Thinking about the bigger picture of zoos led me along the path of conservation and education. Zoos are critically important to the future survival of thousands of species, maintaining captive populations so that if the worst happens, and a species becomes extinct in the wild, we have a breeding pool to introduce back when it is safe to do so.

We have our captive breeding programmes at the park but I felt we could do more. It was then that I discovered the charity Lemur Love, run by a handful of incredibly inspiring girls in the USA who dedicate their time and money to assist in the preservation of lemurs on Madagascar.

image-7Combating everything from deforestation and bushmeat, to preventing the illegal pet and photo prop trade, educating children and helping farmers be more sustainable in their methods, I knew this was the charity to support. Raising funds for them for one year, all the money we give to Lemur Love will go directly towards helping the girls complete in-situ research, assist the people of Madagascar to live in tune with the forest and raise awareness for the world that if we don’t help make a difference, lemurs could be extinct in the wild in less that ten years!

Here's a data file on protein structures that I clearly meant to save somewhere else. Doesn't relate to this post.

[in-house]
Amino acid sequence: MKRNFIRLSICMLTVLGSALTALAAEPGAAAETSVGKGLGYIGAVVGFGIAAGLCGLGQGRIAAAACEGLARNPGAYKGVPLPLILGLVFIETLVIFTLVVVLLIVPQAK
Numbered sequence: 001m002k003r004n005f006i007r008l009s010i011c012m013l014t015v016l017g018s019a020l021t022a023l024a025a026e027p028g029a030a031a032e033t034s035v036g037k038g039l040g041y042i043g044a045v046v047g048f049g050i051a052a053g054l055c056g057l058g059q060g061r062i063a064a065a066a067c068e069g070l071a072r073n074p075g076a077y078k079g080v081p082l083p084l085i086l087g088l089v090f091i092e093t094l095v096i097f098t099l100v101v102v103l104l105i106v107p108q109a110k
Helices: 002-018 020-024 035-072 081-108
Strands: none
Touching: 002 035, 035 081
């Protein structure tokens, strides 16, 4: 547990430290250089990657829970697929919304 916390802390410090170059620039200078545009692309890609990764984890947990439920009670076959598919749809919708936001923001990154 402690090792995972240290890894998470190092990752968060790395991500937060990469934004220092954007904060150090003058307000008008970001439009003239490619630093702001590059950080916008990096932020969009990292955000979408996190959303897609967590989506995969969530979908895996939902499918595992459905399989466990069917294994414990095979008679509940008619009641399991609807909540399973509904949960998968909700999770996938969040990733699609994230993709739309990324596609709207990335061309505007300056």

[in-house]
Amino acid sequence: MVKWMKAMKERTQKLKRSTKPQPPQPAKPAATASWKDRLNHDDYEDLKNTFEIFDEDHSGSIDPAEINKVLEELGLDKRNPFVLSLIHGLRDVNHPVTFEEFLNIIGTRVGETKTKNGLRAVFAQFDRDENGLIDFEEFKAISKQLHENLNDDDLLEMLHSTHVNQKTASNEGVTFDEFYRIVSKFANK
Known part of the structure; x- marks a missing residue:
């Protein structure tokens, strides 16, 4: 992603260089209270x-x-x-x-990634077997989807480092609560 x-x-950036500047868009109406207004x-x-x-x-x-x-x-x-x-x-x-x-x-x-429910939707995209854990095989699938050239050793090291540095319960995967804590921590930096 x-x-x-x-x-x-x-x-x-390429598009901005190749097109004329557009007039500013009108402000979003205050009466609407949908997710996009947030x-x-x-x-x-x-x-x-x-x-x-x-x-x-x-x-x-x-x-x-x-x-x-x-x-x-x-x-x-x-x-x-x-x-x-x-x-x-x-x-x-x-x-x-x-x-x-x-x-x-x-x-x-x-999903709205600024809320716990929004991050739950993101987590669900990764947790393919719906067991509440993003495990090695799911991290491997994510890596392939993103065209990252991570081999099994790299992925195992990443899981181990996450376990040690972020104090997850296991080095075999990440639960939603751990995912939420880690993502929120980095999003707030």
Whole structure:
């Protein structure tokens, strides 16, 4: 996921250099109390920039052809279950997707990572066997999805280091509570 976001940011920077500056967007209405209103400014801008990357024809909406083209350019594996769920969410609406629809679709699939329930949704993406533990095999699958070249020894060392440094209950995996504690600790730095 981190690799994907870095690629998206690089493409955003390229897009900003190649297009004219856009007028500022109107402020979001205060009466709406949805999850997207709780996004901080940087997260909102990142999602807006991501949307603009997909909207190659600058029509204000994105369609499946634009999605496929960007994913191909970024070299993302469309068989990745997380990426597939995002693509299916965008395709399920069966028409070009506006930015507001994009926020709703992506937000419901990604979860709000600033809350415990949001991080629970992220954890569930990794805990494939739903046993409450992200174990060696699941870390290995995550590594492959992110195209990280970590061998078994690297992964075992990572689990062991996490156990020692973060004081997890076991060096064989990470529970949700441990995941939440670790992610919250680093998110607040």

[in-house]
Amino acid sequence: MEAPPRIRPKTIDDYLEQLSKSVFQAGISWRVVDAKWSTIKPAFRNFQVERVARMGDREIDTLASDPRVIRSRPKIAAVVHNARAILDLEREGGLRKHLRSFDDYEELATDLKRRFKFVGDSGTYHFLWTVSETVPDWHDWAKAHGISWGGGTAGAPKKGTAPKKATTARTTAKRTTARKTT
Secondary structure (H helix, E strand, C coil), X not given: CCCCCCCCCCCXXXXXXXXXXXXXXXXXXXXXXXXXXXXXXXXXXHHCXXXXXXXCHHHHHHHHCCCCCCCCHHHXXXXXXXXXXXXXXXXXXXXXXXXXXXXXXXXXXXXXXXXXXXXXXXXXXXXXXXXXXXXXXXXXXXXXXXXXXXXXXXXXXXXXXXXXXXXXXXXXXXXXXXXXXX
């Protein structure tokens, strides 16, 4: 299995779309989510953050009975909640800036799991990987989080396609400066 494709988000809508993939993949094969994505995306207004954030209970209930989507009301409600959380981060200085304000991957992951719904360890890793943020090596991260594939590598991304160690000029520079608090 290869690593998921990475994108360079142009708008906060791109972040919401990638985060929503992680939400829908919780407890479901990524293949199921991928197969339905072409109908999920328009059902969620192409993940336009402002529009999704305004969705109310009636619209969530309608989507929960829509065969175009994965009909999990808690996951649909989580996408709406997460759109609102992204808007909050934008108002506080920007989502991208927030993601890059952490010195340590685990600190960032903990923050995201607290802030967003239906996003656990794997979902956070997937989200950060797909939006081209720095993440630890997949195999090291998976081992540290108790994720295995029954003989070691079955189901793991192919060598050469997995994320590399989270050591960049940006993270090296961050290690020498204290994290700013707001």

If you would like to find out more about the outstanding work the girls do, please visit where you can also make online donations to support them in their monumental task. I hope to one day go out and join them in their conservation work in Madagascar.


Back at home, I am pleased to say that Mae and Spike are doing very well. It is now breeding season and Spike has been busy scent marking everything in his territory to impress Mae.

Both lemurs are excelling in their weight training and I am monitoring Mae closely for any signs of gradual weight gain to suggest a possible pregnancy. Fingers crossed for her and us! And if we do have the pitter patter of ringtail babies next year then I hope to name them in memory of Popeye. So watch this space.